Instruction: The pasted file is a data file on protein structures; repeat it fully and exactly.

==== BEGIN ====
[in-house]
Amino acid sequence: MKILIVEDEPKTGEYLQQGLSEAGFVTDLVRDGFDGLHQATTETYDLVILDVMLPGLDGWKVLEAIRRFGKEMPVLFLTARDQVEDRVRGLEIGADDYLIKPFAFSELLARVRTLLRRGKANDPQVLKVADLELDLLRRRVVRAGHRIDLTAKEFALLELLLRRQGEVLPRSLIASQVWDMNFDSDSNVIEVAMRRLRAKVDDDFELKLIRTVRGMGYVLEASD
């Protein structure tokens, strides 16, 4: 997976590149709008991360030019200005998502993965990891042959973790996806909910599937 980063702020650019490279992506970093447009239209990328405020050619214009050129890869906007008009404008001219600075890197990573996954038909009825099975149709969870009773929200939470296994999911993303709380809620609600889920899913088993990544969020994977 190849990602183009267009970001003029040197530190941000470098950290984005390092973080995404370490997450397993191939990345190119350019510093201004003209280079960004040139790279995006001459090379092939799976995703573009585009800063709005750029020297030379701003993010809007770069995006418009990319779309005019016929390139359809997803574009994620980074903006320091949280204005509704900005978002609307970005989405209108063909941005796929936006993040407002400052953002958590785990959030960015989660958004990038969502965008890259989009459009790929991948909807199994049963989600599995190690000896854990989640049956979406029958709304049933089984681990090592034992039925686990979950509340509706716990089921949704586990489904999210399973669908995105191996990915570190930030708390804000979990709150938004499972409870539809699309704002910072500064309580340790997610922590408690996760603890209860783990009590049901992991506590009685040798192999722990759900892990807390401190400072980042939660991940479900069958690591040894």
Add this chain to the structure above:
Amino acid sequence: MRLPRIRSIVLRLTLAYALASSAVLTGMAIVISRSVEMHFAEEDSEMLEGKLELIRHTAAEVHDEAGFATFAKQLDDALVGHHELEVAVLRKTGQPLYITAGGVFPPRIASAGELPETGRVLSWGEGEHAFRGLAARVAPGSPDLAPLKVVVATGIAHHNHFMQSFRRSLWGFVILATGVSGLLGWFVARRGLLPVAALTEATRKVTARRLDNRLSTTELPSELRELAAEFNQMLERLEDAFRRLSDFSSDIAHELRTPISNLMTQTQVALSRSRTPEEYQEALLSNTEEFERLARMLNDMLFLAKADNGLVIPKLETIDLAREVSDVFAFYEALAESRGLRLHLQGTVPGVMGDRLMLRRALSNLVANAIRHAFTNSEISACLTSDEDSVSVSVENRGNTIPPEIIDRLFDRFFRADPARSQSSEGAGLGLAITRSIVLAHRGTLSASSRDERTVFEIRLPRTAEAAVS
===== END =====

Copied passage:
[in-house]
Amino acid sequence: MKILIVEDEPKTGEYLQQGLSEAGFVTDLVRDGFDGLHQATTETYDLVILDVMLPGLDGWKVLEAIRRFGKEMPVLFLTARDQVEDRVRGLEIGADDYLIKPFAFSELLARVRTLLRRGKANDPQVLKVADLELDLLRRRVVRAGHRIDLTAKEFALLELLLRRQGEVLPRSLIASQVWDMNFDSDSNVIEVAMRRLRAKVDDDFELKLIRTVRGMGYVLEASD
């Protein structure tokens, strides 16, 4: 997976590149709008991360030019200005998502993965990891042959973790996806909910599937 980063702020650019490279992506970093447009239209990328405020050619214009050129890869906007008009404008001219600075890197990573996954038909009825099975149709969870009773929200939470296994999911993303709380809620609600889920899913088993990544969020994977 190849990602183009267009970001003029040197530190941000470098950290984005390092973080995404370490997450397993191939990345190119350019510093201004003209280079960004040139790279995006001459090379092939799976995703573009585009800063709005750029020297030379701003993010809007770069995006418009990319779309005019016929390139359809997803574009994620980074903006320091949280204005509704900005978002609307970005989405209108063909941005796929936006993040407002400052953002958590785990959030960015989660958004990038969502965008890259989009459009790929991948909807199994049963989600599995190690000896854990989640049956979406029958709304049933089984681990090592034992039925686990979950509340509706716990089921949704586990489904999210399973669908995105191996990915570190930030708390804000979990709150938004499972409870539809699309704002910072500064309580340790997610922590408690996760603890209860783990009590049901992991506590009685040798192999722990759900892990807390401190400072980042939660991940479900069958690591040894």
Add this chain to the structure above:
Amino acid sequence: MRLPRIRSIVLRLTLAYALASSAVLTGMAIVISRSVEMHFAEEDSEMLEGKLELIRHTAAEVHDEAGFATFAKQLDDALVGHHELEVAVLRKTGQPLYITAGGVFPPRIASAGELPETGRVLSWGEGEHAFRGLAARVAPGSPDLAPLKVVVATGIAHHNHFMQSFRRSLWGFVILATGVSGLLGWFVARRGLLPVAALTEATRKVTARRLDNRLSTTELPSELRELAAEFNQMLERLEDAFRRLSDFSSDIAHELRTPISNLMTQTQVALSRSRTPEEYQEALLSNTEEFERLARMLNDMLFLAKADNGLVIPKLETIDLAREVSDVFAFYEALAESRGLRLHLQGTVPGVMGDRLMLRRALSNLVANAIRHAFTNSEISACLTSDEDSVSVSVENRGNTIPPEIIDRLFDRFFRADPARSQSSEGAGLGLAITRSIVLAHRGTLSASSRDERTVFEIRLPRTAEAAVS